Sunday, August 23, 2015

Back To School Tips For Divorced Parents

Back to school is hard for kids who come from broken homes. Meet the teacher nights prior to school starting can be stressful as often custody summer arrangements sometimes interfere. This year I met my son's new teacher alone for the first time. My sons were still visiting their dad for the summer. They spend extra time with him in the summer to compensate for missed time during the school year week. Most children from divorced homes do spend long periods of time during the summer with their non-custodial parent. Feelings of guilt crept up as I went to meet the teacher, as it is obvious that my family is now somewhat dysfunctional. Later in the week, one of my dear friends called me who is also is a similar situation but located in another state. We used to teach together and we became close friends due to our numerous collaborative projects. When she called me, she began describing her meet the teacher experience, which was very similar to mine. As we began commiserating on how unfortunate it was for both of our kids, I realized that this was possibly the "norm". With more than half of US children coming from broken homes, we realized that many times public school structures often choose  a one day or time fits all approach to introduce the teacher. As a 17 year public school educator and advocate, this issue never really occurred to me until now. Perhaps this contributes to a lack of parent involvement.

This month I have spent much time reading 4 books on the subject of coparenting and divorce effects on children. It is comforting that there are many of us coparenting households in the US.  This time of the year is rough on single households. How am I preparing?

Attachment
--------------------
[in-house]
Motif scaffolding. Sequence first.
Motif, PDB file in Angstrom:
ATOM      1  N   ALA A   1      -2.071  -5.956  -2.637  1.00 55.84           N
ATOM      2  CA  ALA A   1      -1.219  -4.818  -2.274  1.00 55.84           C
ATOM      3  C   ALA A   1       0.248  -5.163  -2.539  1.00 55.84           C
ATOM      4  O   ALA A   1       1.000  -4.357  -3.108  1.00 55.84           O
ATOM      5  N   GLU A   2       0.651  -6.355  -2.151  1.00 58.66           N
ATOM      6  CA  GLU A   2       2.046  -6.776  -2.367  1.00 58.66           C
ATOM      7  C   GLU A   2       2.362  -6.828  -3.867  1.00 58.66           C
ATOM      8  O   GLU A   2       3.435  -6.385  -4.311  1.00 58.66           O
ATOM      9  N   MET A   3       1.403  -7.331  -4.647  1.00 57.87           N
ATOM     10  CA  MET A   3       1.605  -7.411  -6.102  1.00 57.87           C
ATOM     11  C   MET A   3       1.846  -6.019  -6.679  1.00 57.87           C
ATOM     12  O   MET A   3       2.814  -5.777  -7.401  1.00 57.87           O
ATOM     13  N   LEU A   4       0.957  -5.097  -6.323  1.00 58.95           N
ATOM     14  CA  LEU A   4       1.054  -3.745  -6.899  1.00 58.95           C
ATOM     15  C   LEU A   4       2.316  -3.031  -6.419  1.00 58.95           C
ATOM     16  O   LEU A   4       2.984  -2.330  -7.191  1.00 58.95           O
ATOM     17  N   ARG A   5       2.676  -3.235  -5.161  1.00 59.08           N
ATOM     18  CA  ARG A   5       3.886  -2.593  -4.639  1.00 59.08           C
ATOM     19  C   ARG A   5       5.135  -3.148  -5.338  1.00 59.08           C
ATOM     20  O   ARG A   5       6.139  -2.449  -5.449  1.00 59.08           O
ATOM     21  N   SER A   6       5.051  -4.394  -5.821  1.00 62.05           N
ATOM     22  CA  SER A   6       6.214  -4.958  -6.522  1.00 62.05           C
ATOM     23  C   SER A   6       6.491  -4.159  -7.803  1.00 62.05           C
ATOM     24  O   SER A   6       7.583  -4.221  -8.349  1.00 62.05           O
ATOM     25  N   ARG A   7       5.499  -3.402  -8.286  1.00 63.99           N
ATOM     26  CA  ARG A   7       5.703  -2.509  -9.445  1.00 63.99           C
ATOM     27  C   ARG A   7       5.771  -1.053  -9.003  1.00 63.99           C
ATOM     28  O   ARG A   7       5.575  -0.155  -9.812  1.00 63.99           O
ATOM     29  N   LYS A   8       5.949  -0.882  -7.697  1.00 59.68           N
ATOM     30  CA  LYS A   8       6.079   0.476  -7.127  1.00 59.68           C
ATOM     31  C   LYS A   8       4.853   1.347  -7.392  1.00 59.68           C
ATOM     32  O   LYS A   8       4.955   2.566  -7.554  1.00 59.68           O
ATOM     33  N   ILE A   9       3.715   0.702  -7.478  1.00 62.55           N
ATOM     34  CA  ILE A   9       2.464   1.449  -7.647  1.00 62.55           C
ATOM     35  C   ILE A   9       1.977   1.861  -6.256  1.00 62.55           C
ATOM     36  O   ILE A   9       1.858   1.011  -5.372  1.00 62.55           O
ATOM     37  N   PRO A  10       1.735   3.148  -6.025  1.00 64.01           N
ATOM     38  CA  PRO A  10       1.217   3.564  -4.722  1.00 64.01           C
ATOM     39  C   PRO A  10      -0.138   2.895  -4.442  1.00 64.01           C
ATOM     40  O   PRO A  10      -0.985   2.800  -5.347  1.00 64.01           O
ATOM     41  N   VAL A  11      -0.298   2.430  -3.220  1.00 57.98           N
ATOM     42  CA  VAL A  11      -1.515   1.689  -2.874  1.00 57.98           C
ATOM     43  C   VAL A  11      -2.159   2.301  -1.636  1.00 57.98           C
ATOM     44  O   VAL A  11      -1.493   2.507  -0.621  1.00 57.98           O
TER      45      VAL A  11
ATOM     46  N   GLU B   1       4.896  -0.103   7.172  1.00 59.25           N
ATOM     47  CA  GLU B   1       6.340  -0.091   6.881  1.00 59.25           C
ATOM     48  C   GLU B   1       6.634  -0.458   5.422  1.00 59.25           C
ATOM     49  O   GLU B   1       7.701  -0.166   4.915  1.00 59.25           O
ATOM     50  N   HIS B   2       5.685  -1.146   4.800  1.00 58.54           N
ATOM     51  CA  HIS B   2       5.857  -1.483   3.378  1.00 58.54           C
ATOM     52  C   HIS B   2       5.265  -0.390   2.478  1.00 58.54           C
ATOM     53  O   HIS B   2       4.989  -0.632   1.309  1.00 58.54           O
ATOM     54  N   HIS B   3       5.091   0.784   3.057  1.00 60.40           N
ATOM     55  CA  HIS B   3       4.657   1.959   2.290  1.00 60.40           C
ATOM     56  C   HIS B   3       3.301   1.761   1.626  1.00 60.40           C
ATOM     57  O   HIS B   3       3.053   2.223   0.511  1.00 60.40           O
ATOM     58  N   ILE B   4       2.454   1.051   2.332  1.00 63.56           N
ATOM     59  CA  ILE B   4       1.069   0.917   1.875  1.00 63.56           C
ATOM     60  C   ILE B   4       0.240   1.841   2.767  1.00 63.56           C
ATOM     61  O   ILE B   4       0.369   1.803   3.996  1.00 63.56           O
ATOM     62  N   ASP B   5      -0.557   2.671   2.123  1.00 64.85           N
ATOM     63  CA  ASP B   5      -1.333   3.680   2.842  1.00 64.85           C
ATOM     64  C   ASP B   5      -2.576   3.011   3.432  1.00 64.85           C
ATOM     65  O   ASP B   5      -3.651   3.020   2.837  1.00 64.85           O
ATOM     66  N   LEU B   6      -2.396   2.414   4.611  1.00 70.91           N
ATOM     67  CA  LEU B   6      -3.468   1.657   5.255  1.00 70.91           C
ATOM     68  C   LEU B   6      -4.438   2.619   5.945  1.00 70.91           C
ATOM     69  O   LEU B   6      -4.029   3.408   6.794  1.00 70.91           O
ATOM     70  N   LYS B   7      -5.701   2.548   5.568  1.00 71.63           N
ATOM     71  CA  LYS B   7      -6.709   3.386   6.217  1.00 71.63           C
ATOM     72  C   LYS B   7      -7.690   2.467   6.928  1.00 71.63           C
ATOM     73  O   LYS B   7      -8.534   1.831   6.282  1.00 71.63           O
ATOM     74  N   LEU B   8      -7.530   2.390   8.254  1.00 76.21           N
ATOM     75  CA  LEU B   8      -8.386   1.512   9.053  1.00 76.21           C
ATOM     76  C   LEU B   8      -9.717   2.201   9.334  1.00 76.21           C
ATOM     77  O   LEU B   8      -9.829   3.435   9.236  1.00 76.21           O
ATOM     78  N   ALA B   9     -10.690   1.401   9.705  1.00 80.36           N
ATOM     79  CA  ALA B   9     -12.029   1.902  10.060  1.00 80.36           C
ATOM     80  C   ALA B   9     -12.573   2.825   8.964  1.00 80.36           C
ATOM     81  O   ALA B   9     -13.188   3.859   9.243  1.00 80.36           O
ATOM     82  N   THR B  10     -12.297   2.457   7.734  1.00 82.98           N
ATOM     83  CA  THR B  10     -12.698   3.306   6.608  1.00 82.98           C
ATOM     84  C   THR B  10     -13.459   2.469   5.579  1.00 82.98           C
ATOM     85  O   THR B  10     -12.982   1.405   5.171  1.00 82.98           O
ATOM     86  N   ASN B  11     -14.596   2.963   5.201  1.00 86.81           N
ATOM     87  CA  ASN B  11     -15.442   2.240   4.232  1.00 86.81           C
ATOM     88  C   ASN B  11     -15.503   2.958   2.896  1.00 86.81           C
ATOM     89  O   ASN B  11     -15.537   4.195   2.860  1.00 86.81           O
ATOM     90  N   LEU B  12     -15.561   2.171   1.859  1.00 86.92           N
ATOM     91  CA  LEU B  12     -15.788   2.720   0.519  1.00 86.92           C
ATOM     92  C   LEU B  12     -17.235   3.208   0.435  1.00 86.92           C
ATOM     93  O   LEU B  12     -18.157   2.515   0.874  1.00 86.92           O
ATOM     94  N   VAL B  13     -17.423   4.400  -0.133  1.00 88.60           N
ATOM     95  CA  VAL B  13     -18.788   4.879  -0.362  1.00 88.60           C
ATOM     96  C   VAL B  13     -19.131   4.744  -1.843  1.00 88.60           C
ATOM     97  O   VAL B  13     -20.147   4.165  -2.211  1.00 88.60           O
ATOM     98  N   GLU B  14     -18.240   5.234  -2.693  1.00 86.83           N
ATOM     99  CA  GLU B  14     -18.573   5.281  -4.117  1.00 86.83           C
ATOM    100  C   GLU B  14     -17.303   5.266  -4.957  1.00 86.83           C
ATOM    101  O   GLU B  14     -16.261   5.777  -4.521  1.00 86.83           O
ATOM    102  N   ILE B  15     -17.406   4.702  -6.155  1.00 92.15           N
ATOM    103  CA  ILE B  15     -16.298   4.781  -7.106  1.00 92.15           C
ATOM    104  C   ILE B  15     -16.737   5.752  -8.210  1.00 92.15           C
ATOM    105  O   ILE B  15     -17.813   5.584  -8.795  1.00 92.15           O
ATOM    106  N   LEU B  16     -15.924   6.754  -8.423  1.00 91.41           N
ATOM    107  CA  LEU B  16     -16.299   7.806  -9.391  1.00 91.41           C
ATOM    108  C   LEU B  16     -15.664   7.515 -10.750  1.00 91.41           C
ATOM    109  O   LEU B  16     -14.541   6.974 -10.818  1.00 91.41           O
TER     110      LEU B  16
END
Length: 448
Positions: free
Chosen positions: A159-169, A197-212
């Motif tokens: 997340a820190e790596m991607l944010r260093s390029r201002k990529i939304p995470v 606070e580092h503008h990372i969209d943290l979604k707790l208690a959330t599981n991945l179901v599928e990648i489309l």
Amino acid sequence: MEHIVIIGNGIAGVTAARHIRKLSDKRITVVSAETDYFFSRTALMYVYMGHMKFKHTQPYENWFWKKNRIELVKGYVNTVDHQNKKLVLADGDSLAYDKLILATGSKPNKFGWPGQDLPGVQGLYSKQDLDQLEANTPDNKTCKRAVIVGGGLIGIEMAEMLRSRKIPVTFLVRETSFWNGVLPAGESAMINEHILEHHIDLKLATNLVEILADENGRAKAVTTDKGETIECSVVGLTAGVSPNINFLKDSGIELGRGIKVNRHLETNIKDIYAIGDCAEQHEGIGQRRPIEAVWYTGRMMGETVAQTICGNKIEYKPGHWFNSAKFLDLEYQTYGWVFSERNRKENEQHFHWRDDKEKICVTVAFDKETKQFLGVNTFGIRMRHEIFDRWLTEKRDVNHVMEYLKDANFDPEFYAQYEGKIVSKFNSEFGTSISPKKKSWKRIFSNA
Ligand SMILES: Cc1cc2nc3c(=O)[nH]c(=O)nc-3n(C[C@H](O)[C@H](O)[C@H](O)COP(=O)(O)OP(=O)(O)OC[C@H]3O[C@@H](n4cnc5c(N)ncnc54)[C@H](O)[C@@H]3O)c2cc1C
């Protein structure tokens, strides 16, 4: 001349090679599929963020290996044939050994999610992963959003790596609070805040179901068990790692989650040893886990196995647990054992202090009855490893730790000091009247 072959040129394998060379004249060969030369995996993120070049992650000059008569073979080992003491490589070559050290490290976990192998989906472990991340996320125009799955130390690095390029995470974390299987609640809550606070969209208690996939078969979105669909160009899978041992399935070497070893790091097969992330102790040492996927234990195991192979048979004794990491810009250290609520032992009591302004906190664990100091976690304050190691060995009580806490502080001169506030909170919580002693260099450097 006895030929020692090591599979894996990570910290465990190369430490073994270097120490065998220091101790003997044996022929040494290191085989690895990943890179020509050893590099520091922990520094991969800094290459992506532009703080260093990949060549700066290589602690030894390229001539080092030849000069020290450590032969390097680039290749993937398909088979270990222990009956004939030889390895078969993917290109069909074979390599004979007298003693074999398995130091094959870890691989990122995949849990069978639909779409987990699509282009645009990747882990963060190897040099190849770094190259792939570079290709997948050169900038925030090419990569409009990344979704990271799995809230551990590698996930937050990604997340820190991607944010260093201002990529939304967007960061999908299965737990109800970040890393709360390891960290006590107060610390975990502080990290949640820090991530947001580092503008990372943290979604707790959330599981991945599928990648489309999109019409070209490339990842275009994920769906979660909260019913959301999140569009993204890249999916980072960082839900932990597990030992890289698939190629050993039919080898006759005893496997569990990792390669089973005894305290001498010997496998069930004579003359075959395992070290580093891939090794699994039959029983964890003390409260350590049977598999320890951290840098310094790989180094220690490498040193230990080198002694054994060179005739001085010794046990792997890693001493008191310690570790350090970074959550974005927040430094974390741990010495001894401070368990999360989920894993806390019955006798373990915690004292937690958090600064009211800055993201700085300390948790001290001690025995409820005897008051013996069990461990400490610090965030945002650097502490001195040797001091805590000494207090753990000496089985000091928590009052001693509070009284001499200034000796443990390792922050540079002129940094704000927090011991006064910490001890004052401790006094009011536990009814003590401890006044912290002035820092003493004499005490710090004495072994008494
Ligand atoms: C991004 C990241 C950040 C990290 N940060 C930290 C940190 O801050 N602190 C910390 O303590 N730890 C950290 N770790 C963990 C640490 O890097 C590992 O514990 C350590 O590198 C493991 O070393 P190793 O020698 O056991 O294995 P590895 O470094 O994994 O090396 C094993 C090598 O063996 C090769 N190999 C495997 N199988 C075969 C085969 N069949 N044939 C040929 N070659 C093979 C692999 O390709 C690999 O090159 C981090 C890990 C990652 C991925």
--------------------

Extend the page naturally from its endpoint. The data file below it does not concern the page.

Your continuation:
1. Limit Confusion: Kids are often confused and things get lost in the shuffle. Set up a checklist or purchase duplicates to ease the stress. Organization is key.
  2. Plan Financial Resources: Single families really have to plan to meet the extra costs that Back to School bring. I am very fortunate and grateful to have resources, but I think of all of the families with single parents working 2-3 jobs to make ends meet. To purchase school supplies for my two children, excluding lunch boxes and backpacks, was a little over $80.00 this summer. Add the cost of backpacks, lunch boxes, gym clothes, school clothes, PTO costs, instruments, lessons, and activities it becomes quickly obvious that this is an issue facing many.
  3. Connect: Set aside a lot of time to be emotionally available for your kids. Many may need counseling to transition. Listen and give them time to process. Limit activities maybe during this time to make time to connect.
  4. Be Proactive: Understand that it is important to be proactive in noticing how your child is dealing with issues. Seek help ahead of time in case professional help is needed and always speak about the other parent in a loving way. Allow the child to contact the other parent and be flexible. It is important to put your child in the center of everything during this time to ease tension and stress. 

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